Kelly Schmutte is a designer and lecturer at Stanford University’s Hasso Plattner Institute of Design and a lecturer in mechanical engineering design. She also managed the @Stanford Project, a yearlong initiative to reimagine the undergraduate experience. The project culminated in Stanford2025, an online and in-person exhibit on higher education circa 2025, imagined from the perspective of the year 2100.
Schmutte recently spoke with EdTech Managing Editor Amy Burroughs about the project’s bold new concepts for education: lifelong learning; paced education, replacing the freshman-to-senior model with Calibrate, Activate and Elevate learning phases; skills-based curricula; and purposeful learning, in which students pursue missions instead of majors.
EDTECH: What were the objectives of the @Stanford Project?
SCHMUTTE: The project was sparked by a conversation between Professor David Kelley and a friend about the future of online learning, which made them wonder, what’s the future of the on-campus experience? What will the value of an experiential, residential education be? Can our current system produce the creative thinkers we need to solve tomorrow’s problems? At the end of the year, we wanted to have a collection of big ideas about the future of living and learning at Stanford in a sharable format (stanford2025.edu) that would serve as provocations for experimentation.
EDTECH: Why is it important for institutions to occasionally step back and reimagine familiar educational models?
SCHMUTTE: The world is rapidly changing, and the types of leaders and citizens that we need to be graduating are changing. Our problems are more challenging and ambiguous. Especially at high-achieving schools like Stanford, kids come from super-structured environments, yet we send them out into a complex world with messy problems and hope they are equipped to solve those problems.
EDTECH: What interesting insights emerged from the project?
SCHMUTTE: At the Stanford2025 exhibit, each of the four futures had an activity that people could participate in. For purpose learning, we had people declare their mission and write it on a big piece of paper, and we took a Polaroid picture of them and put it on the wall. People loved it. It tapped into the desire to connect what you’re doing to something more meaningful. It’s important to give students time to think about the “why” behind what they’re doing, so they can navigate their educational journey in an intentional, meaningful way. We’re not as intentional as we could be in creating the time and space for those thoughtful reflections.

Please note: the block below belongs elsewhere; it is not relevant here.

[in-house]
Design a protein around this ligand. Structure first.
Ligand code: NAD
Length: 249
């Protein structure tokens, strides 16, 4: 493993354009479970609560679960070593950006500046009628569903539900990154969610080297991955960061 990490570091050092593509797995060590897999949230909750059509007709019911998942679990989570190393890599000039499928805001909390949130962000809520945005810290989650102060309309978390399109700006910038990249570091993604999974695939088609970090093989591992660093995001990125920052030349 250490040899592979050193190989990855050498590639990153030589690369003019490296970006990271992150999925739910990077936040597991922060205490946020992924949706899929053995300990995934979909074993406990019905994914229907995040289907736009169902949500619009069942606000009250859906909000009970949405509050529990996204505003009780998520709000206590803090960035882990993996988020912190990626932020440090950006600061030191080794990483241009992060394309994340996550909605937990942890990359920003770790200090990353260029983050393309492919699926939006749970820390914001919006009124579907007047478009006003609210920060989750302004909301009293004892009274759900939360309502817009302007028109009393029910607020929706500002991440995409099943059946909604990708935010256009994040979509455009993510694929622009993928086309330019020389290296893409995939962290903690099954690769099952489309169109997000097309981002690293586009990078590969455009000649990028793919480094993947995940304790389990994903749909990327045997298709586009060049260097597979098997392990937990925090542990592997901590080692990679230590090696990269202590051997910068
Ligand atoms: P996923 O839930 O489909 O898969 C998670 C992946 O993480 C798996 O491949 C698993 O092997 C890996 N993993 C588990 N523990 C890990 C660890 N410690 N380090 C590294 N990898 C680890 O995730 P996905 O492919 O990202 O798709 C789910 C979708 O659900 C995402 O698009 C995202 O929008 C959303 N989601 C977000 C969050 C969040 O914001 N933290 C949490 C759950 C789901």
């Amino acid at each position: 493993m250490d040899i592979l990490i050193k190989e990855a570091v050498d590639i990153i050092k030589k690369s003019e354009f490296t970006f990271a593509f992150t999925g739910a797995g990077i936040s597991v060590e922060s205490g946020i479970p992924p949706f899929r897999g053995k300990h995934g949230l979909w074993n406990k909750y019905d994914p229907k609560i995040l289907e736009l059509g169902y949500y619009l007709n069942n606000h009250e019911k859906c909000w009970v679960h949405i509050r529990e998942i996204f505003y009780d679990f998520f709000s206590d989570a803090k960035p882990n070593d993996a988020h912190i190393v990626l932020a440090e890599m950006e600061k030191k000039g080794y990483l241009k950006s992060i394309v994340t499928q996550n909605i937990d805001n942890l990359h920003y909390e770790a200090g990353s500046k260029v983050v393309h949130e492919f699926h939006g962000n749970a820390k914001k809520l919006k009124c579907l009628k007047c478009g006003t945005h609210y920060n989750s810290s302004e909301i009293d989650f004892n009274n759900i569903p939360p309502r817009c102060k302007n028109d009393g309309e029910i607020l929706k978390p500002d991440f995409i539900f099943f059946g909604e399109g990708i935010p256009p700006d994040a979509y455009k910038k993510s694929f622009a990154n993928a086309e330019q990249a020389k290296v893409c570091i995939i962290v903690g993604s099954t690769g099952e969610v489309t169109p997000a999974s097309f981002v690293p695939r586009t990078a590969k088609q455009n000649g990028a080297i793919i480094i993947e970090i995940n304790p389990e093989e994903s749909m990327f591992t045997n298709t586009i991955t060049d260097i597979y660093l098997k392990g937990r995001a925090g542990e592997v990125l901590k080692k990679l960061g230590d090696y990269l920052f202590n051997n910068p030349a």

A trend that we saw in our research is that people are cycling through jobs faster. According to the U.S. Bureau of Labor Statistics, the average worker stays in each of his or her jobs for about four and a half years, but the expected tenure of younger employees is about half that. It ties back to the idea that young people are looking for work that’s meaningful, and they’re willing to move around to find that. Why can’t higher education morph to mirror that dynamic career trajectory and provide learning opportunities throughout life?
EDTECH: Assuming that technology’s role in higher education will continue to grow, what did you learn about the future role of technology on campus?
SCHMUTTE: Technology has tremendous potential to help students become more self-aware and intentional as learners. One of our concepts was something we called the Grit Bit — like a Fitbit, but for learning. Imagine a tool that tracks metrics related to students’ progress: stress and mood levels, physical activity, social activity and physical location. It then helps you make correlations among those factors and how you’re performing toward learning goals. Technology could help you collect a lot of valuable data that would help you be a smarter learner
In our imagined future, you see more student agency, individualization and self-pacing as people progress at different rates. That presents logistical challenges for how we structure classes and allocate living space. Technology on the back end could help us sort out those complex logistics to better utilize learning, working and living spaces.
Similarly, we might start to develop an archive of students’ learning paths, so that incoming students could study the paths that earlier students pursued. You could find someone who inspires you or has a similar mission, see how they looped through Stanford and use that to guide your own journey. Technology could help us track those paths and identify trends to learn what paths make the most sense.
EDTECH: How can leaders use technology to take a new look at old educational models?
SCHMUTTE: There’s always value in leveraging technology in new and interesting ways and in pairing quantitative data with qualitative research. Whatever data you collect, you have to find the human story behind it — the individual stories of students, faculty and administrators. Real human needs are what inspire change.
For the Stanford2025 exhibit, we recruited current undergrads and gave them profiles as if they were students in the year 2100 who were docents of this retrospective exhibit. They gave a personal account of what it was like to declare a mission, or to live with a cohort of students during the Elevate phase, and it made all those concepts personal. That’s important when deciding what to change and when inspiring that change to happen: remembering the human need behind it.